Title: Last of Her Name
Author: Jessica Khoury
Genre: YA, Science Fiction, Fantasy
Published: February 26th, 2019 (Scholastic Press)
Synopsis: Sixteen years ago, rebellion swept the galaxy known as the Belt of Jewels. Every member of the royal family was murdered–down to their youngest child, Princess Anya–and the Union government rose in its place. But Stacia doesn’t think much about politics. She spends her days half-wild, rambling her father’s vineyard with her closest friends, Clio and Pol.
That all changes the day a Union ship appears in town, carrying the leader of the Belt himself, the Direktor Eminent. The Direktor claims that Princess Anya is alive, and that Stacia’s sleepy village is a den of empire loyalists, intent on hiding her. When Stacia is identified as the lost princess, her provincial home explodes into a nightmare.
Pol smuggles her away to a hidden escape ship in the chaos, leaving Clio in the hands of the Union. With everything she knows threading away into stars, Stacia sets her heart on a single mission. She will find and rescue Clio, even with the whole galaxy on her trail.
“If there’s one thing you need to know about me, it’s that I always press the red button.”
Stacia Androva has lived her whole life in a small village on a remote planet of the Belt. A talented mechanic, Stacia loves spaceships in particular. So when an astronika appears on Amethyne, a Union ship in their little town, she is eager to take a closer look, accompanied by her best friends, Clio and Pol. Everything is turned upside down though, when Stacia is revealed to be Princess Anya Leonova, the last of the royal family who were all thought to be murdered during the rebellion sixteen years ago. In the ensuing chaos, Pol gets her away, intending to make for the loyalist base, but Clio is left behind and taken captive by the Union. Stacia is determined to rescue her at any cost – but that is easier said than done with both the Loyalists and the Union hot on her trail, for the powerful and dangerous secret she holds that she herself does not know.
Now, as is pretty obvious, this is an Anastasia inspired sci-fi retelling set in space which is really what caught my attention, the fall of the Romanovs being yet another of the events that interests me with respect to historical fiction. The technology, the prisms, the different planets, the types of people who live there, action and revolution – my inner sci-fi fan absolutely loved it.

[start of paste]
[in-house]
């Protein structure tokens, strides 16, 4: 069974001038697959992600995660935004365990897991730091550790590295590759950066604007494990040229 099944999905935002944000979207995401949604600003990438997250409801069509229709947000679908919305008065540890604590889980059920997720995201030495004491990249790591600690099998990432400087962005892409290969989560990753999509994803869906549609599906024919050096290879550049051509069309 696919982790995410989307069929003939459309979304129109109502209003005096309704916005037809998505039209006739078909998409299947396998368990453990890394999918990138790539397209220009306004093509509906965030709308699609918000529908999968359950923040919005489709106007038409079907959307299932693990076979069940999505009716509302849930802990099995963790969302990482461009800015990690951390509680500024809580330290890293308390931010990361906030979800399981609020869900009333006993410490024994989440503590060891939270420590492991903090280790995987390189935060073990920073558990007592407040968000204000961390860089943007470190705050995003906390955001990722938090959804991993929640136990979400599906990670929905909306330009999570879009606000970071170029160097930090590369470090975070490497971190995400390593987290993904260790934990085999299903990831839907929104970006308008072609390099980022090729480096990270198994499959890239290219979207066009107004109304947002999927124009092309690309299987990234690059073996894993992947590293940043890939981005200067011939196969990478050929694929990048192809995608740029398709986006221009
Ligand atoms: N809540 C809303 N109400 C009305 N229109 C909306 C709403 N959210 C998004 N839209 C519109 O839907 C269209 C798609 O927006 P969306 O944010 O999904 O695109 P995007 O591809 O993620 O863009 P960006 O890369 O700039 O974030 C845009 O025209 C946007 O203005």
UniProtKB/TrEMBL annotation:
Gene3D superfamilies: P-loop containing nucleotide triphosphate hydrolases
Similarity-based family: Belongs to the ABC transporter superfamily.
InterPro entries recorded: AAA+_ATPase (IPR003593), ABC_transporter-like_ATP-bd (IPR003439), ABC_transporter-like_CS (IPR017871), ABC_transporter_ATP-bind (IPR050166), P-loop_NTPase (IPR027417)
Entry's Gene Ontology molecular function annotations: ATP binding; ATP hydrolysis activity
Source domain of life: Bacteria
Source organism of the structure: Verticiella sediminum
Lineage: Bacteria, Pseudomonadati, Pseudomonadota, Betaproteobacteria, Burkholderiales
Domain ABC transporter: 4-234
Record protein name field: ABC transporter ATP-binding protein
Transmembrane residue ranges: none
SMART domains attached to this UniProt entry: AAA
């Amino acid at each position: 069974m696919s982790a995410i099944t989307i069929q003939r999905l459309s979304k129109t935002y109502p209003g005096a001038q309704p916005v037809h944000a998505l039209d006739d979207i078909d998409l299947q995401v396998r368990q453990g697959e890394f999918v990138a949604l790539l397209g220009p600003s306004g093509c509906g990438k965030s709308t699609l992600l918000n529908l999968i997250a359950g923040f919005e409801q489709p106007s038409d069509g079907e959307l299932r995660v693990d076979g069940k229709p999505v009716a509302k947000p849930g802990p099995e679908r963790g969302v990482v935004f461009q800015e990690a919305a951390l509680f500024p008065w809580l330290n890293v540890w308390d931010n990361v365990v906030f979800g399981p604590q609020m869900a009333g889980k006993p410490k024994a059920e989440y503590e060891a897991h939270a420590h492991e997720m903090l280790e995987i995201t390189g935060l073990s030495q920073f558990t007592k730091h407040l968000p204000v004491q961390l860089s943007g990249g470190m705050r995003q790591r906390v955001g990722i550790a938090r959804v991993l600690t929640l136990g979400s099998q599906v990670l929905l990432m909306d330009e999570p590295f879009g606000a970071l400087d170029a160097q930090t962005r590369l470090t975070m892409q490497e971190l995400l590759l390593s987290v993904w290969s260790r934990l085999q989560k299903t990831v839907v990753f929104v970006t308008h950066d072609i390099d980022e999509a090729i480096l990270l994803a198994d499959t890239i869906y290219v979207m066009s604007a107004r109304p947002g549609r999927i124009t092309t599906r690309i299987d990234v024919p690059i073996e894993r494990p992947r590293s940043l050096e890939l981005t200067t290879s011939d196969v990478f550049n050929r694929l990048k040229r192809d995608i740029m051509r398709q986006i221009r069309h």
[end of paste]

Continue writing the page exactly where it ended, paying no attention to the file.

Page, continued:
As for the characters, Stacia was more or less the standard YA heroine. Impulsive and reckless, yet fiercely loyal to her friends, she has a significant amount of character growth, from learning her true identity to finally accepting it – decent, but nothing exceptional. Despite the story being in first person POV, I don’t feel like I really know Stacia all that well as a character. Pol…well I actually didn’t like him all that much for the first half of the book, but he grew on me eventually as his loyalty to Stacia outweighed everything else. Clio’s identity was a pretty surprising reveal and definitely out of the blue – I really liked the idea. My personal favourite though was Riyan. The whole concept of tensors is so fascinating, and learning about their society was one of my favourite parts of the book. Riyan’s determination to find his sister, and how he grows to be a firm friend to Stacia is also really well portrayed.
I think the biggest downside of Last of Her Name is that there is too much to take in and too much crammed into one book. There’s tons of world-building – which I normally love, but here, combined with the non-stop action, it was just too overwhelming. This was quite unfortunate in my opinion, as I was very interested in the history of the Belt of Jewels and the reign of the Leonovs. Stacia and Pol’s romance was another aspect affected by this, coming off as a plot point that was there for the sake of being there, as there was no time to properly set it up. A huge round of applause to the author for keeping Riyan out of this though – I simply did not have the patience for a love triangle.
After a while, it felt like a tug of war between plot advancement, world-building and background story, because there wasn’t enough time to do all three. I like standalones when they’re done well, but there was enough material in this story that it could have easily been spaced out into a duology – or atleast another hundred pages or so. While this is the major reason for my low rating, the other would be the ending, which I found less than satisfactory – I was expecting something a little less…easy after that dramatic climax.
A must-read for sci-fi fans, and even if it isn’t your staple genre, this is a creative twist on Anastasia’s tale. Overall, despite my many complaints, Last of Her Name was an action-packed and entertaining read.